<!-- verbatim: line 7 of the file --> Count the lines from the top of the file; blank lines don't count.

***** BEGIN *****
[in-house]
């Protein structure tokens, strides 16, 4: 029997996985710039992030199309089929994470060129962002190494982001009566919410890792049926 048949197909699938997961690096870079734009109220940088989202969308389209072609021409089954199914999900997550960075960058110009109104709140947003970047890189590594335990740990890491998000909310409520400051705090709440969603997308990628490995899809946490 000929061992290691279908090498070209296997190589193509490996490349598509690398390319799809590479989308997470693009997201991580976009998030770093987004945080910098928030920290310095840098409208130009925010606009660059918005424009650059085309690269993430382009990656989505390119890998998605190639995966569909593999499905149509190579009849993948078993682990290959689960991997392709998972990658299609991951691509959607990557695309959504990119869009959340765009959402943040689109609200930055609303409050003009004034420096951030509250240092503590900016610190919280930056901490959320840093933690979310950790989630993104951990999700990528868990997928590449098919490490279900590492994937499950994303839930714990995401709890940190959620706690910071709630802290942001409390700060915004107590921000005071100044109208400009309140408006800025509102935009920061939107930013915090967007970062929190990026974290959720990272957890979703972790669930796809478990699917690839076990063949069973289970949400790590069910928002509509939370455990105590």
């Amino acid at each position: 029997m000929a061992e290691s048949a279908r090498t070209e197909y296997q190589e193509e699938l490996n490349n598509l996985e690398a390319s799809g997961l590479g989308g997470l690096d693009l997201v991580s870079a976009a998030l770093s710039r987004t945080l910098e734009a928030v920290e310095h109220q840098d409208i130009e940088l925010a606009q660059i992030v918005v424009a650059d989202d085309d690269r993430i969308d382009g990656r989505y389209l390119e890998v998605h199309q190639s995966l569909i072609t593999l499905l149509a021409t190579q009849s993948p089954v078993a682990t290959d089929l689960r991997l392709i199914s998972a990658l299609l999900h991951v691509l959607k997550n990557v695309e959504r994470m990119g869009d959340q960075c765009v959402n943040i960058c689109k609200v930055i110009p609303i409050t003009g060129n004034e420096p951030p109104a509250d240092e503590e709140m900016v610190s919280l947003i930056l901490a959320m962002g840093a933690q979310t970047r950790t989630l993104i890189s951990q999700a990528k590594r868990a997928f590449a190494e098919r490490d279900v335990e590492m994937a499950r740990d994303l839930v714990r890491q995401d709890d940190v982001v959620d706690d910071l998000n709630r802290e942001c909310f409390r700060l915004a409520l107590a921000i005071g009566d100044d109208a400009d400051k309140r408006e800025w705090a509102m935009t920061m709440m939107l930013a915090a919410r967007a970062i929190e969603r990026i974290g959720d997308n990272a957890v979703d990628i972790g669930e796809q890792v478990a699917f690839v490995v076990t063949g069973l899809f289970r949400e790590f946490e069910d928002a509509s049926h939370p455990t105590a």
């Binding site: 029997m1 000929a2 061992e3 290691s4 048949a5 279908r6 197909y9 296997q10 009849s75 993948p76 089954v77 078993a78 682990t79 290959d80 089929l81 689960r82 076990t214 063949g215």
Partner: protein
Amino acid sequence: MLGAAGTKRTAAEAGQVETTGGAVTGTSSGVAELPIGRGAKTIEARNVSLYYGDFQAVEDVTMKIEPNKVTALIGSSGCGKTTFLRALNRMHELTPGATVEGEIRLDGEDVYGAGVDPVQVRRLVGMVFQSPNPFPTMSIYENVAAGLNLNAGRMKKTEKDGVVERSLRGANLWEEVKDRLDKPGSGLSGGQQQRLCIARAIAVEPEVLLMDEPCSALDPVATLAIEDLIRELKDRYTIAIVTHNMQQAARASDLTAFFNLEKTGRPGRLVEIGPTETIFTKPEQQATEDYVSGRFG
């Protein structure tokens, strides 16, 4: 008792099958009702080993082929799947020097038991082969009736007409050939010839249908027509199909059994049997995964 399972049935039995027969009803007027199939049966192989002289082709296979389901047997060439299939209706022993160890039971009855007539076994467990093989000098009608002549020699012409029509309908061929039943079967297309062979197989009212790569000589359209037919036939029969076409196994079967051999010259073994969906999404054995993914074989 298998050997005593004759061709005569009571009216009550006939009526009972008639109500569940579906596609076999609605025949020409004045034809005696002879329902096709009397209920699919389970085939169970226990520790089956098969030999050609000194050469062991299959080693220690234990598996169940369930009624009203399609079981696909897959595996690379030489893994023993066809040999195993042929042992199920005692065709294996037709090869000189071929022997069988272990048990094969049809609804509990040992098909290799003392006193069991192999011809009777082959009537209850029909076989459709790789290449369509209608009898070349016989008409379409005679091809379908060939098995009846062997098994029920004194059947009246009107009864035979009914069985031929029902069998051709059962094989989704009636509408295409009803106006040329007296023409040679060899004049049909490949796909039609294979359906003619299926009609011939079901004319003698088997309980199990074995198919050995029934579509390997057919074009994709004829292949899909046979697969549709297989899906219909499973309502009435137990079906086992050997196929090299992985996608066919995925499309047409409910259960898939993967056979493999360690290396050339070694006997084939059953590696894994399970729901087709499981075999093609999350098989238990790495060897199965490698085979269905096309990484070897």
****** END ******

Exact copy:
């Protein structure tokens, strides 16, 4: 008792099958009702080993082929799947020097038991082969009736007409050939010839249908027509199909059994049997995964 399972049935039995027969009803007027199939049966192989002289082709296979389901047997060439299939209706022993160890039971009855007539076994467990093989000098009608002549020699012409029509309908061929039943079967297309062979197989009212790569000589359209037919036939029969076409196994079967051999010259073994969906999404054995993914074989 298998050997005593004759061709005569009571009216009550006939009526009972008639109500569940579906596609076999609605025949020409004045034809005696002879329902096709009397209920699919389970085939169970226990520790089956098969030999050609000194050469062991299959080693220690234990598996169940369930009624009203399609079981696909897959595996690379030489893994023993066809040999195993042929042992199920005692065709294996037709090869000189071929022997069988272990048990094969049809609804509990040992098909290799003392006193069991192999011809009777082959009537209850029909076989459709790789290449369509209608009898070349016989008409379409005679091809379908060939098995009846062997098994029920004194059947009246009107009864035979009914069985031929029902069998051709059962094989989704009636509408295409009803106006040329007296023409040679060899004049049909490949796909039609294979359906003619299926009609011939079901004319003698088997309980199990074995198919050995029934579509390997057919074009994709004829292949899909046979697969549709297989899906219909499973309502009435137990079906086992050997196929090299992985996608066919995925499309047409409910259960898939993967056979493999360690290396050339070694006997084939059953590696894994399970729901087709499981075999093609999350098989238990790495060897199965490698085979269905096309990484070897």